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Residents celebrate 147th birthday of San Jacinto County

Times Members of the San Jacinto County Historial Comission stand together for a photo during birthday festivities on Friday, Aug. 11 to celebrate the birthday of San Jacinto County. From left to right, Chair Ray McCoppin, Yvonne Ryba, Barbara Shelton, Tomi Lorraine, Brandon Tinsley, Barbara McGee, Annie Lee and Dale Everitt. (Charles Ballard/San Jacinto News)Times Members of the San Jacinto County Historial Comission stand together for a photo during birthday festivities on Friday, Aug. 11 to celebrate the birthday of San Jacinto County. From left to right, Chair Ray McCoppin, Yvonne Ryba, Barbara Shelton, Tomi Lorraine, Brandon Tinsley, Barbara McGee, Annie Lee and Dale Everitt. (Charles Ballard/San Jacinto News)

By Charles Ballard
Reporter

Happy Birthday, San Jacinto County!

On Friday, Aug. 11, community members and county officials gathered to celebrate the 147th birthday of San Jacinto County. Party goers held a birthday party in the rotunda of the County Courthouse in Coldsrping.

County Judge John Lovett, Jr. read a resolution proclaiming that Monday, Aug. 13 be declared the birthday of San Jacinto County.
Cake and punch was served to all attendees, and a good time was had by all during Friday’s festivities.

The beginning
The original Courthouse was a wooden structure and was located near the Old Town Jail. The structure was approved to be built for $8,000 on March 12, 1877 by the commissioner’s court. The Jail was built for $1,500. However, it burned in the early years of the county. The new Courthouse is located on the town square of Coldspring, originally named Coonskin. The building was built for $15,000.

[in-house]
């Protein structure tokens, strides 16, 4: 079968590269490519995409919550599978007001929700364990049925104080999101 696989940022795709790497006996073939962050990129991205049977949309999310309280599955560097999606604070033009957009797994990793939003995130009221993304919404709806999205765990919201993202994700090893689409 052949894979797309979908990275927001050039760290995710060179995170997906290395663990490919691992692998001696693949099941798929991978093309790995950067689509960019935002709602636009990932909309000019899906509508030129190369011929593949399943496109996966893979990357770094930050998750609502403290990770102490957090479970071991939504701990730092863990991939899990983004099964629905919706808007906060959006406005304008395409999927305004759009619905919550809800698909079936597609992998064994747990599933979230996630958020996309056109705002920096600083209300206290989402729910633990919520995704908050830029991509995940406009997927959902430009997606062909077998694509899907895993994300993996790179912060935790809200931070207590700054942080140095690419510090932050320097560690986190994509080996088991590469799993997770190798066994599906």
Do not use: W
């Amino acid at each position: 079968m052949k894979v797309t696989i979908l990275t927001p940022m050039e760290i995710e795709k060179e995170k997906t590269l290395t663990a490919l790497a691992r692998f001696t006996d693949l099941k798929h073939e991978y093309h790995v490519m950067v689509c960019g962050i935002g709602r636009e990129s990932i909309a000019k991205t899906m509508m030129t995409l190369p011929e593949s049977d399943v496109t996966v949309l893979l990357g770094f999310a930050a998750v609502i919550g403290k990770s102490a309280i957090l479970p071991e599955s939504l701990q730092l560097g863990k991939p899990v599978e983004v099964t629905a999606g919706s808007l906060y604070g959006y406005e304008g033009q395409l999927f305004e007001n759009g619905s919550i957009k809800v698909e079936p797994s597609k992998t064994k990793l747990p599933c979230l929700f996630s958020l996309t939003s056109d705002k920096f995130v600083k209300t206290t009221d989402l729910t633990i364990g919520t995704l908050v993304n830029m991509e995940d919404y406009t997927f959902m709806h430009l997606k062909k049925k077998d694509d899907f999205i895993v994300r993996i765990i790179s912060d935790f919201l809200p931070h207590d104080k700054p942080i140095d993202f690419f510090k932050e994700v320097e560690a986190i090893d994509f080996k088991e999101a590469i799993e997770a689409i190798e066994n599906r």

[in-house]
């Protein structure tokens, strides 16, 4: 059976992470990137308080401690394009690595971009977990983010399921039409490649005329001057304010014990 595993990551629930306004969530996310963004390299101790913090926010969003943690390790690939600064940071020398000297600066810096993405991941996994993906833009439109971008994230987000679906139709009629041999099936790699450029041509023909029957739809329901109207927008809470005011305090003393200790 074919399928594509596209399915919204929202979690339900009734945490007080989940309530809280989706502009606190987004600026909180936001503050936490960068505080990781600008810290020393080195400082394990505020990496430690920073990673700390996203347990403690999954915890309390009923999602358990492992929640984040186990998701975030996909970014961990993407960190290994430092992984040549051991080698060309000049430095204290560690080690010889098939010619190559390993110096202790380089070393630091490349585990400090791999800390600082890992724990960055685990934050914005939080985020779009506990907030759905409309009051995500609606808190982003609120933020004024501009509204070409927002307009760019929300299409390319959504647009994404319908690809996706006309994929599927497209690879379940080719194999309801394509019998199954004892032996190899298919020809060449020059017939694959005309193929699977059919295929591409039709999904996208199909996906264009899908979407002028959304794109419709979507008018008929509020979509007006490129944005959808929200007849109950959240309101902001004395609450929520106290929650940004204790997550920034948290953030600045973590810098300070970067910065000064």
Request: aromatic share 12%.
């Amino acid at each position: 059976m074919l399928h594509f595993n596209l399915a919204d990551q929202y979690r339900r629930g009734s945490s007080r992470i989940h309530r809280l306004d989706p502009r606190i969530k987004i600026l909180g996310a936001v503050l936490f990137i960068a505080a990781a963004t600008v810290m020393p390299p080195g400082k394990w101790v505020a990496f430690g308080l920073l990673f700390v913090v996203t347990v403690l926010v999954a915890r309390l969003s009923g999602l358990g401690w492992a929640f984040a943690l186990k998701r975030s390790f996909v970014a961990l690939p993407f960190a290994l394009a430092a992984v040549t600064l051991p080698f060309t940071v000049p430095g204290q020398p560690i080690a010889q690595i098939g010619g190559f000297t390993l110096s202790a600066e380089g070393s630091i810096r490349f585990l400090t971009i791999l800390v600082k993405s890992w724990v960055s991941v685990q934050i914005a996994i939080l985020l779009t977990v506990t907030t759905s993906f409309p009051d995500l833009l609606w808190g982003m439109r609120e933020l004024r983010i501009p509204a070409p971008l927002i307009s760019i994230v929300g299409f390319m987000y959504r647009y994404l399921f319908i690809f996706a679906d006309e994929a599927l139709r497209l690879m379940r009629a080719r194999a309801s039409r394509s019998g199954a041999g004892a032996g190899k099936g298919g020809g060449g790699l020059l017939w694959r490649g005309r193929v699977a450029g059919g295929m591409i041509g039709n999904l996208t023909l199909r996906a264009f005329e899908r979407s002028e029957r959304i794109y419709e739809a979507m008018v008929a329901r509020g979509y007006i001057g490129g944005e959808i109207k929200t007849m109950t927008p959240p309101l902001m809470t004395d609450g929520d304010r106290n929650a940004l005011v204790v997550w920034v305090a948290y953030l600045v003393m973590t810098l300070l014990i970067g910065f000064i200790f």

During the 1975 and 1976 years the courthouse was renovated for modern facilities and air coniditiong. The arch way doors were added and lockable doors were added to the courthouse. During the restoration the stained glass above the rotunda was broken and florescent light fixtures were added to replace the broken glass.

The County was named after the Battle of San Jacinto, which gave Texas its freedom from Mexico. The county was a division of Liberty and Montgomery Countys that divided in 1870.

The original inhabitants of San Jacinto County probably belonged to either the Atakapa or the Patiri Indian tribes. Little is known about the latter group except the name. The Atakapans sparsely populated the area and hunted game such as deer and bear. Anglo-American settlement began in the lower Trinity River region during the 1820s.The population of San Jacinto today is 26,384, with Coldspring serving as county seat.